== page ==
Travelling doesn’t need to be a “Pain in the Back…”
By Dr. Brittany Ortynski
Have you ever felt stiff after a long flight? Had a headache from sitting on long bus ride? Back felt “out” or “off”? Tension in your shoulders and neck? Well, you’re not the only one! This pain can occur whether you’re a frequent traveller for work or going on vacation once a year. If you find yourself cramped up on an airplane for as short as 1 hour or up to those dreaded 10+ hour flights—not to mention 25-hour travel days in a car, bus, train, or even riding on a camel—you are confined to a rigid position for longer than your spine would like you to be.
All of the above adds physical stress on your body. When you are travelling, the seat is not built for your needs. It provides little to no back support. The close confines force you to either lean away from the stranger next to you or lean up against the window. The upright position makes you to find a more comfortable position by either slouching down or hunching forward.
If you didn’t know, your lower back, naturally has an extended “lordotic” or inward curve. This natural curve is opposite of how your back looks when you are slouching into your chair, which then results in extra stress on ligaments, muscles, and the discs in your back. To help yourself manage these stressors, pad your lower back with a small airplane pillow, a folded sweater, or rolled towel; this will help support that curve in your lower back when possible. If you have the option, recline your chair a little to decrease the likelihood of hunching forward.
Long layovers. Delayed flights. Long travel days. Lost luggage. Screaming children. These are all factors that can add stress and make travelling a nightmare. Although chiropractic can’t directly help any of these issues, adjustments do indirectly impact your autonomic nervous system and increase your body’s parasympathetic response. We work to assist, encourage, and support your body to function better.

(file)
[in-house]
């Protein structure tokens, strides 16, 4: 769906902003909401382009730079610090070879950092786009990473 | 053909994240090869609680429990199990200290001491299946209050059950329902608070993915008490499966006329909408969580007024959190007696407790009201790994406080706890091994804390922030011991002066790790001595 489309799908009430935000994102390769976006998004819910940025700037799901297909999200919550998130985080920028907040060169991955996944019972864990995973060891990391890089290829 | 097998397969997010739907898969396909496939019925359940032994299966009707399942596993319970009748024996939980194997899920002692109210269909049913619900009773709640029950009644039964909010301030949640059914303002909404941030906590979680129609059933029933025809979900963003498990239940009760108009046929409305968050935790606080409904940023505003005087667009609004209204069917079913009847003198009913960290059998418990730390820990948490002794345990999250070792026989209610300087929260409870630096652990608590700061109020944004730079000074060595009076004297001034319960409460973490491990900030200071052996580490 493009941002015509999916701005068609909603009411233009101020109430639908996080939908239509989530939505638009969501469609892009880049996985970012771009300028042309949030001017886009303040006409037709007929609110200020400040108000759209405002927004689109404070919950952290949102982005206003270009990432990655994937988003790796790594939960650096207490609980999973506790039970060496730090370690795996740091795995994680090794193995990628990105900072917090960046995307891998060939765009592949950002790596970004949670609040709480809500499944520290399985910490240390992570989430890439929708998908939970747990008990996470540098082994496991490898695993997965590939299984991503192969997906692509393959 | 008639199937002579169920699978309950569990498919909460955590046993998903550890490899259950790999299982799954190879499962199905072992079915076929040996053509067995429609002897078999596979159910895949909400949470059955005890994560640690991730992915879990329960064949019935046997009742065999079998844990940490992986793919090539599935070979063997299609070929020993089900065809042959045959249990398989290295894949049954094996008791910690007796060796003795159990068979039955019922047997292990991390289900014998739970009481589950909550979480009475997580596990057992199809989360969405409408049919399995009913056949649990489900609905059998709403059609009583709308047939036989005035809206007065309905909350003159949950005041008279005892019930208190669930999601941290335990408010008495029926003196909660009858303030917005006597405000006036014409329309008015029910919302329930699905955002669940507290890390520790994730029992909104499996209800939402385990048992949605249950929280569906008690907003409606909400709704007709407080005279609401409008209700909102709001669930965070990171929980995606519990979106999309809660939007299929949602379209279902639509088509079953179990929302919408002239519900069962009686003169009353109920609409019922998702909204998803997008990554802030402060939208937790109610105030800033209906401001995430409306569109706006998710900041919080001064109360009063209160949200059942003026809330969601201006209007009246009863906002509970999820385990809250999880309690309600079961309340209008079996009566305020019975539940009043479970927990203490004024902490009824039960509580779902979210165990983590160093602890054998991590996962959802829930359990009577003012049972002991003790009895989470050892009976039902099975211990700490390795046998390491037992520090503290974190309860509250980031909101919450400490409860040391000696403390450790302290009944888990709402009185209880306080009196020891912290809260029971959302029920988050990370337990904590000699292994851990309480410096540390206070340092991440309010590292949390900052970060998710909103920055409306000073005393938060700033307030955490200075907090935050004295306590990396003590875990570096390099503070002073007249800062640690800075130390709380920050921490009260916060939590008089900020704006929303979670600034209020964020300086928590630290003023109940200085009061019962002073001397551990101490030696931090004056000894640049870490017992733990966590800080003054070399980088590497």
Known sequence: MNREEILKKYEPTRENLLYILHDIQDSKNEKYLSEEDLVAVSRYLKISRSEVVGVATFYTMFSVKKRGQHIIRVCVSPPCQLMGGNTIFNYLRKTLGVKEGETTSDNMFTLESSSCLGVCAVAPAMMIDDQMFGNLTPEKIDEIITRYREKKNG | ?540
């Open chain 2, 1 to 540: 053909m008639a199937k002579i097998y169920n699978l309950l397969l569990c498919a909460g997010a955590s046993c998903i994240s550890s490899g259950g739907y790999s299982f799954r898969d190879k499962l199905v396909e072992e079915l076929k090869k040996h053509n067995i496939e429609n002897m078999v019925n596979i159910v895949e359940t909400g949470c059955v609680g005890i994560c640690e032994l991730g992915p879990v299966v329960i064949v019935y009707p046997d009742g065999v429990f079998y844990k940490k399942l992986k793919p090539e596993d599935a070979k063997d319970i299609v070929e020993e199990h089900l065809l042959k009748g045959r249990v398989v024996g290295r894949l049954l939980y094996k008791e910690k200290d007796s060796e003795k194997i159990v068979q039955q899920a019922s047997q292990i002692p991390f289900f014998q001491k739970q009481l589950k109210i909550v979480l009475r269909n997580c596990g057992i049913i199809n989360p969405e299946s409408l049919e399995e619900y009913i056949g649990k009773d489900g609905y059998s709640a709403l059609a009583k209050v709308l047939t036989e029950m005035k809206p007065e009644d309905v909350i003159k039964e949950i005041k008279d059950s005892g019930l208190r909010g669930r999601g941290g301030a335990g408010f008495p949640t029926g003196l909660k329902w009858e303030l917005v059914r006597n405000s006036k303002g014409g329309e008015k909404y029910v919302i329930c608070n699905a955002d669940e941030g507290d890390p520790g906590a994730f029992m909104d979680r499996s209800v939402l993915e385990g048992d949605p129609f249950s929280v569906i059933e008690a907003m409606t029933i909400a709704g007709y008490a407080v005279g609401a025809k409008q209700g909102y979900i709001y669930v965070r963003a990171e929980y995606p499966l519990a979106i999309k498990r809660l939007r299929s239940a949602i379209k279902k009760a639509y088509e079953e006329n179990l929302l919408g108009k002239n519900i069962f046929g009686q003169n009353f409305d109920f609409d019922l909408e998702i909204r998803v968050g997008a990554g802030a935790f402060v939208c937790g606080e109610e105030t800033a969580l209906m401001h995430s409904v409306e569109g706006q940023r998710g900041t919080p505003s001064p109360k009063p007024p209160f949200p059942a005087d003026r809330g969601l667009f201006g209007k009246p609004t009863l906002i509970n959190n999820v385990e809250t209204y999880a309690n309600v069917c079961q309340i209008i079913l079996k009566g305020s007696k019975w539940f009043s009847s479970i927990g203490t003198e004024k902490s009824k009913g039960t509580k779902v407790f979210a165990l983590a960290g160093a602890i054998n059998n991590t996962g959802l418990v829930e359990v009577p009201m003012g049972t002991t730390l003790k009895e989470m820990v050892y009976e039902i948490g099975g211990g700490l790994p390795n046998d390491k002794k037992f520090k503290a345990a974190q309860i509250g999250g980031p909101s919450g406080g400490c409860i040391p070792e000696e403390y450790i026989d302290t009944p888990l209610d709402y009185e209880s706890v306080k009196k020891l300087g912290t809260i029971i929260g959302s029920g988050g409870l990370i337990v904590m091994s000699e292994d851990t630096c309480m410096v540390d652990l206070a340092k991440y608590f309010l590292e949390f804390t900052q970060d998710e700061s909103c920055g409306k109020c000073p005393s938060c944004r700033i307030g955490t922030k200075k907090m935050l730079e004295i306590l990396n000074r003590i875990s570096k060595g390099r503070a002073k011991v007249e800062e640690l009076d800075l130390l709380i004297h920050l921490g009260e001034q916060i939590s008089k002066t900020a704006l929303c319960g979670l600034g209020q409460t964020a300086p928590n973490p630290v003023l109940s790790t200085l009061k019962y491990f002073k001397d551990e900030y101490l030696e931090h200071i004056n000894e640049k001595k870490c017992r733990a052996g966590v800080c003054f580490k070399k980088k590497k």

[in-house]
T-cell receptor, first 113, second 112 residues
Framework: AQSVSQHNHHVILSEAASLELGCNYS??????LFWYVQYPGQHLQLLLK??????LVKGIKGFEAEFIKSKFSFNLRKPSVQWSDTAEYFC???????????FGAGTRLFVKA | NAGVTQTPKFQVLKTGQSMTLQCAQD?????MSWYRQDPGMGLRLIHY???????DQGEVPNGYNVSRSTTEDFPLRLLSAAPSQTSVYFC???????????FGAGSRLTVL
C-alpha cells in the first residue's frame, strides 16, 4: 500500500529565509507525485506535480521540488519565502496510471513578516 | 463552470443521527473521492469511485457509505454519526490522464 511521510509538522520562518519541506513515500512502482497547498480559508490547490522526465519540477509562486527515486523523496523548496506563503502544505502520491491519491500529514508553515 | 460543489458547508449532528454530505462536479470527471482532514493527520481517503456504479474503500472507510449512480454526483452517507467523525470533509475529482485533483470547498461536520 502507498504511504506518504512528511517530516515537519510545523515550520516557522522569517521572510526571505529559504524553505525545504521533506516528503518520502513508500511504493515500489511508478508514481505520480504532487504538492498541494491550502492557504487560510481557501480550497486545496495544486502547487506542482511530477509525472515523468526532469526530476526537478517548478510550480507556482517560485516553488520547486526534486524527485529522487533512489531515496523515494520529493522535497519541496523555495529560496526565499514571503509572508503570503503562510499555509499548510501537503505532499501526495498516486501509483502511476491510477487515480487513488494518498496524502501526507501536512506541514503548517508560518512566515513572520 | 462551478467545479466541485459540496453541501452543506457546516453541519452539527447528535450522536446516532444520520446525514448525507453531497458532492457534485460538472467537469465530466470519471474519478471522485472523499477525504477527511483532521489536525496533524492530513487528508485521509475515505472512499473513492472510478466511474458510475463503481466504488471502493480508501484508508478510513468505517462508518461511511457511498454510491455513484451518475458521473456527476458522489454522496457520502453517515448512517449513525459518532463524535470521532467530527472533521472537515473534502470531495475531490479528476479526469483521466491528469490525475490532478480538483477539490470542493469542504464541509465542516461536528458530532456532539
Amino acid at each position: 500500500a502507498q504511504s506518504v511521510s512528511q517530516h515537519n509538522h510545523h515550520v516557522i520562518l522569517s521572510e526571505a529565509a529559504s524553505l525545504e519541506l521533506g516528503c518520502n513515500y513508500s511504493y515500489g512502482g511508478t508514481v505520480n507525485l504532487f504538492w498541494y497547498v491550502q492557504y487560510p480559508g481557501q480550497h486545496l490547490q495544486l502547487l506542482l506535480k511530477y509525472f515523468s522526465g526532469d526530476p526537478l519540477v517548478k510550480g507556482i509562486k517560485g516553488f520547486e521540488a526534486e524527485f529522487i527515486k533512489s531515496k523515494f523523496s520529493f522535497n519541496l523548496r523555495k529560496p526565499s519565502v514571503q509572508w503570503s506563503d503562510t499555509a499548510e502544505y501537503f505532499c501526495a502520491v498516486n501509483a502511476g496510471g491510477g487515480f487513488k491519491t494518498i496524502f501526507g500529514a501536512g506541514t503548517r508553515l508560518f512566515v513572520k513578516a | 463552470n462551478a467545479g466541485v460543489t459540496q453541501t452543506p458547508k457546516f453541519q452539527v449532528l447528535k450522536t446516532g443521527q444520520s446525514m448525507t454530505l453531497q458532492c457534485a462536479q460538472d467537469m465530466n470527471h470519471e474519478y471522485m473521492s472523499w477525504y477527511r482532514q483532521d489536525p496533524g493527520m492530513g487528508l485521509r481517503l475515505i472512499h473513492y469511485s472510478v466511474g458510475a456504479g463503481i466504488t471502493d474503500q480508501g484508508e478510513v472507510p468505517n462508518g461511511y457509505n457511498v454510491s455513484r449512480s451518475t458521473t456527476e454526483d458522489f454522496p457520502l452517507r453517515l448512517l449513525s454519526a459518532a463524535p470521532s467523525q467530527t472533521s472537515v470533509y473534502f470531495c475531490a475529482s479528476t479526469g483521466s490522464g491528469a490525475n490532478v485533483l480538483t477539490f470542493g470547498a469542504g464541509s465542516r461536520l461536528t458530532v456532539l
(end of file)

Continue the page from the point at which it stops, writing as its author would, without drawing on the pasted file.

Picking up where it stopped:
Naturally, your adrenaline (or “fight or flight”) would kick in to respond to a stressful situation. Chiropractic provides suggestions and breathing techniques or stretches that may be suitable for you. We can help your body get back to a restful, relaxed state.
Now, what about your heavy luggage? Don’t worry—we’ve got your back! Keep these points in mind when trying to lift that big suitcase on or off the conveyor belt or shove that carry on in the overhead storage department:
- Use your entire body—specifically your big, strong muscles such as your glutes and legs—to do the heavy lifting. Don’t let your back do all the work.
- Bend and hinge at your hips and knees (natural areas that bend) rather than your back.
- Keep the heavy load close to your body to use your centre of gravity.
- Pack less—this may also help!
Who doesn’t want to come home, have a great night’s sleep, and get back that mobility needed to continue with your everyday busy schedule as good as, if not better than, before?
So what can you do for your body?
Getting an adjustment before and after travel can make a big difference in keeping your body aligned and preparing yourself for your journey. Once you’ve returned home, get another adjustment to rid yourself of that nagging headache, decrease joint stress, and reduce muscle tension.
Travel with health and wellness in mind.
For more tips or questions about ways to help you travel better, visit me, Dr. Brittany Ortynski ,DC, in Ellerslie, Edmonton, at both Watson Family Chiropractic and Purity Health and Wellness, or email me at firstname.lastname@example.org.